I would deal with it by a data transfer cap.  Charge more when they
exceed a "normal" amount.  I need to be able to oversell my bandwidth
and if everyone used their speed to its max, I would not be able
supply a good service for the price I charge.

The good thing is that if everyone watches TV using the Internet then
soon you'll have the TV stations providing Internet with their unused
bandwidth.

Lonnie

On 9/12/06, Frank Muto <[EMAIL PROTECTED]> wrote:
I think the point is that AT&T is pushing to charge extra for additional
bandwidth loads, e.g., Amazon, Google, Yahoo! etc, and this is where all the
Net Neutrality crap began from.

Do you recall AT&T Whitacre's "nobody gets a free ride" statement?
http://www.lightreading.com/document.asp?doc_id=100380

<snip> Whitacre complained that "some people" want AT&T to act as a "dumb
pipe that just keeps getting bigger and bigger."
"This thing is growing at a rate that nobody would imagine," Whitacre said
of the market demand for bandwidth. He said AT&T networks are now handling
5.6 Petabytes of data every day. "There's more and more content, and you
need more and more bandwidth, and somebody's got to build it." "If you build
it, you have to make a return on that," he continued. "Nobody gets a free
ride, that's all." </snip>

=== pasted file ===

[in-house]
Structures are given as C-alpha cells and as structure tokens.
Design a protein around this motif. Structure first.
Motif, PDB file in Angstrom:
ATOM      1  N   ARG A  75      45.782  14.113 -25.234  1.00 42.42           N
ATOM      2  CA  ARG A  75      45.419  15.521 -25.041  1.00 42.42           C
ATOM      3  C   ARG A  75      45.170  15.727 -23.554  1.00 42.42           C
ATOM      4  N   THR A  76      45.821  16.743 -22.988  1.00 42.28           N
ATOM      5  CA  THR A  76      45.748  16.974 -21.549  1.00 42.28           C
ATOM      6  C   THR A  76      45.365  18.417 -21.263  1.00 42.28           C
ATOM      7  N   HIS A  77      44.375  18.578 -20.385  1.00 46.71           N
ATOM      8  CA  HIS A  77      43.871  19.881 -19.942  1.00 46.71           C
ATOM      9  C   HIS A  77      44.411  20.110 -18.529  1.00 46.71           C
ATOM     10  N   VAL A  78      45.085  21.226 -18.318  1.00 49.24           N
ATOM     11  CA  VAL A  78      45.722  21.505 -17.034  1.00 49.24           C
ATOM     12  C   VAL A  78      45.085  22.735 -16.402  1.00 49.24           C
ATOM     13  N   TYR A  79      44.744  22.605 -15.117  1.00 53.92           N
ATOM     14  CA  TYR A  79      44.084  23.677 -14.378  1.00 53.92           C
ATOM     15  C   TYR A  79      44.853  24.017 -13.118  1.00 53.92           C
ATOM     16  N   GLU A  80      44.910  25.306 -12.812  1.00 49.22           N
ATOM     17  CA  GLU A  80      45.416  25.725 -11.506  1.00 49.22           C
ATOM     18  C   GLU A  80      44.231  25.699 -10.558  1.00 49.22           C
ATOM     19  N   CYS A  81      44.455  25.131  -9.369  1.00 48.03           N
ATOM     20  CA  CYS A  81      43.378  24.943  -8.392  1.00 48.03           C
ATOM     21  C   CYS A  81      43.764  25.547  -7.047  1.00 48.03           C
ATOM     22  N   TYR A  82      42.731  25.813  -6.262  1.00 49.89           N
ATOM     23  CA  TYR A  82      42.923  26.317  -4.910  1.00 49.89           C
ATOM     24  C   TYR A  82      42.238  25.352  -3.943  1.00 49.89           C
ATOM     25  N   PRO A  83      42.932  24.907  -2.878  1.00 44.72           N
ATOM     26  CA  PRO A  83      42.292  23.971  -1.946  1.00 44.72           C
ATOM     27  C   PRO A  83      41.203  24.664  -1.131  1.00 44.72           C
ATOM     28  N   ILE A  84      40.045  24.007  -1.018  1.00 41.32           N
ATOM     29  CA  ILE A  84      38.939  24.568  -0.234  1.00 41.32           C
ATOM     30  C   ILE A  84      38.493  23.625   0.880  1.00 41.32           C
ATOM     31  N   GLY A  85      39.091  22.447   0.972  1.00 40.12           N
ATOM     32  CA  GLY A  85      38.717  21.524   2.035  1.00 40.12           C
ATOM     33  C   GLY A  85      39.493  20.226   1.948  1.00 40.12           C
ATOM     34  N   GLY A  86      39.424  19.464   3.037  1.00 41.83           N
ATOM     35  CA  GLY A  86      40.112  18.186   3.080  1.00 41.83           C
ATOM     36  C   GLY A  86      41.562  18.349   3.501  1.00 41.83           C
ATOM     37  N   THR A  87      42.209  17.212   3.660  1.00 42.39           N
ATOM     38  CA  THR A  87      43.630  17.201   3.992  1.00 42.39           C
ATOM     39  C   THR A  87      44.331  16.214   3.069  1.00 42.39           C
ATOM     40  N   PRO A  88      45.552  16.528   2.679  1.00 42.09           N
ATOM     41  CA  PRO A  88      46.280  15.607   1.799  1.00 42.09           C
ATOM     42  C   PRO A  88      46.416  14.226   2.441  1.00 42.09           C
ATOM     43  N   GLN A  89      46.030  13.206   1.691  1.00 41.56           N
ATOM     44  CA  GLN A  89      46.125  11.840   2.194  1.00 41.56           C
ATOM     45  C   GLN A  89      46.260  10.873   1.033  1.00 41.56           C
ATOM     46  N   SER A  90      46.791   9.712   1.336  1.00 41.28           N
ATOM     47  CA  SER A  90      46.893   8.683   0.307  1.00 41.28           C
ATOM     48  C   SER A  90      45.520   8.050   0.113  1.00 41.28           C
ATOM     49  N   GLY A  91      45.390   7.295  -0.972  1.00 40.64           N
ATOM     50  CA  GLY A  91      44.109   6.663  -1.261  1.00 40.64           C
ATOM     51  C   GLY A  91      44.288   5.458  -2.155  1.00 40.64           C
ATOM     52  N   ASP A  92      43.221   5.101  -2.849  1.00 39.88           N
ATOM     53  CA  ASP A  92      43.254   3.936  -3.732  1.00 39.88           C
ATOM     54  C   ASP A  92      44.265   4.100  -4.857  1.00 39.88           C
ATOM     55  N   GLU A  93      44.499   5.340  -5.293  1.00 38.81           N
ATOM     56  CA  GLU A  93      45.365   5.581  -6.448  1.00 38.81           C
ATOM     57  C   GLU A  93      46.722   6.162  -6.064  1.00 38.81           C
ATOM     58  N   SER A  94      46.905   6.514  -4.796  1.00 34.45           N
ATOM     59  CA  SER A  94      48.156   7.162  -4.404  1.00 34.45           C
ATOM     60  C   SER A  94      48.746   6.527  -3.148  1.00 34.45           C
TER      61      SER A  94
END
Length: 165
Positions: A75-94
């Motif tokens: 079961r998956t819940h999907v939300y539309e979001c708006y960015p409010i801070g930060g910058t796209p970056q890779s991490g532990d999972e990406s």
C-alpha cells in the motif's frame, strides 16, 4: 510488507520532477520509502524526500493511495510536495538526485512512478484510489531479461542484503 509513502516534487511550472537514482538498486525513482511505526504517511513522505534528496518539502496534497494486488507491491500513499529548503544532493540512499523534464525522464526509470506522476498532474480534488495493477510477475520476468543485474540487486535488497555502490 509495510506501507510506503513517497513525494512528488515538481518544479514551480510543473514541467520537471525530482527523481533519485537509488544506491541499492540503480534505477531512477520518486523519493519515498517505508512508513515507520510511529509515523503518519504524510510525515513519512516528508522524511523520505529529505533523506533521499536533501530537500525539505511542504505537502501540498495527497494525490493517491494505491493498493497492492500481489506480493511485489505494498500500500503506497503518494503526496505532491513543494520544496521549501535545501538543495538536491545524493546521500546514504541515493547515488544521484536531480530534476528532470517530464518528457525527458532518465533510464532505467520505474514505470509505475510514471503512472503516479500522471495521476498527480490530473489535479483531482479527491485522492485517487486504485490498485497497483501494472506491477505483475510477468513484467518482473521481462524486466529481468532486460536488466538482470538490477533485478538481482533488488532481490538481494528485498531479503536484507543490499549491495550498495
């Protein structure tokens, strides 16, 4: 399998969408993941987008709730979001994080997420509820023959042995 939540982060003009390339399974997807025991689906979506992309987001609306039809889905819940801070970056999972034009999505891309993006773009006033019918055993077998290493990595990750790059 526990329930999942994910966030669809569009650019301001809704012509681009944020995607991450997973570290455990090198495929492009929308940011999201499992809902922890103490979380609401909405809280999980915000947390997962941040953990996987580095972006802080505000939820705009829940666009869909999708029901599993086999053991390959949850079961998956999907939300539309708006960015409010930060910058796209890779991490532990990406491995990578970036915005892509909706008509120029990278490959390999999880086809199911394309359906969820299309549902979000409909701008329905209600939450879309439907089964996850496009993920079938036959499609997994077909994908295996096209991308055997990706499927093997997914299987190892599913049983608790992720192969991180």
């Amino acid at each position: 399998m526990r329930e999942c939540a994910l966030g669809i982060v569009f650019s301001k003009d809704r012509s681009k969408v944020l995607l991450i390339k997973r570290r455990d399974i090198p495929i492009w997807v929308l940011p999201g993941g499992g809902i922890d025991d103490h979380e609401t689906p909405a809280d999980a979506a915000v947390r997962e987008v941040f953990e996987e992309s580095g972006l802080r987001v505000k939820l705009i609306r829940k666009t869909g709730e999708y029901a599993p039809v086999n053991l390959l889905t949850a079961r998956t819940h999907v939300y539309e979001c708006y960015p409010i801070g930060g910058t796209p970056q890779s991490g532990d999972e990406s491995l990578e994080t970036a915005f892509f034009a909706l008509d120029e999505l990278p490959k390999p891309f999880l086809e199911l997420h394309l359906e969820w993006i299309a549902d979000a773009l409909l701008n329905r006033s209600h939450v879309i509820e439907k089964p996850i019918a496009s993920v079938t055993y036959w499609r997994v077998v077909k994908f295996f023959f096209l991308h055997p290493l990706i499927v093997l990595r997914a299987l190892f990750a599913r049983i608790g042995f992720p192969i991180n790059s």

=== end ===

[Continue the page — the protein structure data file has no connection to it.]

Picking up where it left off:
So the point is, if one of your customers subscribes, can your network
handle it? Or will you charge them extra?



Frank Muto
Co-founder -  Washington Bureau for ISP Advocacy - WBIA
www.wbia.us












----- Original Message -----
From: "David E. Smith" <[EMAIL PROTECTED]>


> George Rogato wrote:
>
>> 
http://today.reuters.com/news/articlebusiness.aspx?type=ousiv&storyID=2006-09-12T052710Z_01_N11192322_RTRIDST_0_BUSINESSPRO-TELECOMS-ATT-TV-DC.XML&from=business
>
> For those who can't psychically divine article content from URLs, the
> article is about a service through which a few cable TV stations,
> including Fox News (We report, we decide) and The Weather Channel, will
> be available for $20 a month. Apparently AT&T is involved somehow, but
> the article is a bit unclear as to who's doing what.
>
> I don't really see how this is, per se, subsidizing AT&T. In this
> instance, they're just offering a service that folks can choose to
> subscribe to, or not, and that's pretty much it. They (presumably) offer
> it on identical terms to both their DSL subscribers, and those who
> subscribe to other ILECs' DSL packages, and cable, and WISP, and so on.
>
> If NBC Universal offered a service where you could have episodes of
> "Project Runway" and "Battlestar Galactica" streamed to your PC, would
> we suddenly say we were subsidizing them? (Hey, if it keeps those shows
> on the air a few more years, subsidize away ;)
>
> David Smith
> MVN.net

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Lonnie Nunweiler
Valemount Networks Corporation
http://www.star-os.com/
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